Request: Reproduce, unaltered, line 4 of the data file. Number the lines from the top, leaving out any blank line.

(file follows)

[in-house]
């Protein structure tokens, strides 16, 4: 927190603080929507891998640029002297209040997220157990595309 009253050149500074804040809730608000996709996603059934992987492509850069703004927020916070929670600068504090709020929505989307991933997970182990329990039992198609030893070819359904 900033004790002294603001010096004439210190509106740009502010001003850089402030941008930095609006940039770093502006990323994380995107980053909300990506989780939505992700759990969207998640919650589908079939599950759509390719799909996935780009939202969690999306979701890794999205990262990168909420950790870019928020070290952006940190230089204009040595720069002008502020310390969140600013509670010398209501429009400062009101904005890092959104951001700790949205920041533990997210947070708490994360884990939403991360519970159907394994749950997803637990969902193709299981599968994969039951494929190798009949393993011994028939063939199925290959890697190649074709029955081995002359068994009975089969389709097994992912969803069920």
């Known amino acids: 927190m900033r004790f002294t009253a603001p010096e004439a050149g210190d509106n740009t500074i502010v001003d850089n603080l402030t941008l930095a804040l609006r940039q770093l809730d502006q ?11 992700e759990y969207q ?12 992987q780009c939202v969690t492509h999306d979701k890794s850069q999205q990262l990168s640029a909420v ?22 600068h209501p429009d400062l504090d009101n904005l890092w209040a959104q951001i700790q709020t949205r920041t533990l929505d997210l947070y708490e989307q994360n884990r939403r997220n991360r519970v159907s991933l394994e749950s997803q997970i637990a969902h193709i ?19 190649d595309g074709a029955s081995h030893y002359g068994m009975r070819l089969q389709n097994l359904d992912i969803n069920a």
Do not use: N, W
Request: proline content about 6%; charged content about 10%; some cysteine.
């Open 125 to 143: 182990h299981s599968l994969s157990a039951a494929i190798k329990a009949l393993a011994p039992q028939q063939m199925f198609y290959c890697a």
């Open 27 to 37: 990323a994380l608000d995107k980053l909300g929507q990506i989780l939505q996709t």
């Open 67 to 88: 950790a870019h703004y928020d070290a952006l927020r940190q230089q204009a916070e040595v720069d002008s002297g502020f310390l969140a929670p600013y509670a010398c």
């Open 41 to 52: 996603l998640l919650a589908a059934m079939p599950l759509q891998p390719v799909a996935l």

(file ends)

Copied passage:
Do not use: N, W